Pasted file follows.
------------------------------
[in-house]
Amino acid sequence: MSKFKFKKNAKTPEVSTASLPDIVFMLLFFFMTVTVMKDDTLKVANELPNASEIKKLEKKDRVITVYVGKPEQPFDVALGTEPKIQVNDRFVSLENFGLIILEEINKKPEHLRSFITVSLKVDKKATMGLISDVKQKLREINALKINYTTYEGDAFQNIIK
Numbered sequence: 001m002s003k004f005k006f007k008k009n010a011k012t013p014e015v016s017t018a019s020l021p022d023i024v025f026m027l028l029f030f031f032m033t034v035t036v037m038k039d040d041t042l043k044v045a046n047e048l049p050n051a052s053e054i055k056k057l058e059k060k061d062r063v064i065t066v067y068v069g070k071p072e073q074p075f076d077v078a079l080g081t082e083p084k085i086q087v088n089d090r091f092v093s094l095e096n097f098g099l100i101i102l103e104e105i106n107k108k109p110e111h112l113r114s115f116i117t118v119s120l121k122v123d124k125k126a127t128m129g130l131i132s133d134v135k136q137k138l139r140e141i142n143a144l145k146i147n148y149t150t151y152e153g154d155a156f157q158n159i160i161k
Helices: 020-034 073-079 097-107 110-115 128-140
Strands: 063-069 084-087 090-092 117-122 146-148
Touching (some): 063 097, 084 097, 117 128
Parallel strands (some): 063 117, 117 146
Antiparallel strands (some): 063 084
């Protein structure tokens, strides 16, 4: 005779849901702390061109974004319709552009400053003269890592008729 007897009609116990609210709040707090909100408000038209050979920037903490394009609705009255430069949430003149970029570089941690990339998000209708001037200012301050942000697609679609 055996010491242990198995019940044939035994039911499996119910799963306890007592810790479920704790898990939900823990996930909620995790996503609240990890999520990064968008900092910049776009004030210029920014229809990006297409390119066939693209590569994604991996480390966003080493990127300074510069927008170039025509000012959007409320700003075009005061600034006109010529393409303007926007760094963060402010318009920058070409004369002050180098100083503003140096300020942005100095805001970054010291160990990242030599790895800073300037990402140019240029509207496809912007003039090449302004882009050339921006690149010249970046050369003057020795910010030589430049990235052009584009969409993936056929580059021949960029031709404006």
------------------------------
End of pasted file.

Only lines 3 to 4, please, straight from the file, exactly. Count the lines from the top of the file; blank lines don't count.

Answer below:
Numbered sequence: 001m002s003k004f005k006f007k008k009n010a011k012t013p014e015v016s017t018a019s020l021p022d023i024v025f026m027l028l029f030f031f032m033t034v035t036v037m038k039d040d041t042l043k044v045a046n047e048l049p050n051a052s053e054i055k056k057l058e059k060k061d062r063v064i065t066v067y068v069g070k071p072e073q074p075f076d077v078a079l080g081t082e083p084k085i086q087v088n089d090r091f092v093s094l095e096n097f098g099l100i101i102l103e104e105i106n107k108k109p110e111h112l113r114s115f116i117t118v119s120l121k122v123d124k125k126a127t128m129g130l131i132s133d134v135k136q137k138l139r140e141i142n143a144l145k146i147n148y149t150t151y152e153g154d155a156f157q158n159i160i161k
Helices: 020-034 073-079 097-107 110-115 128-140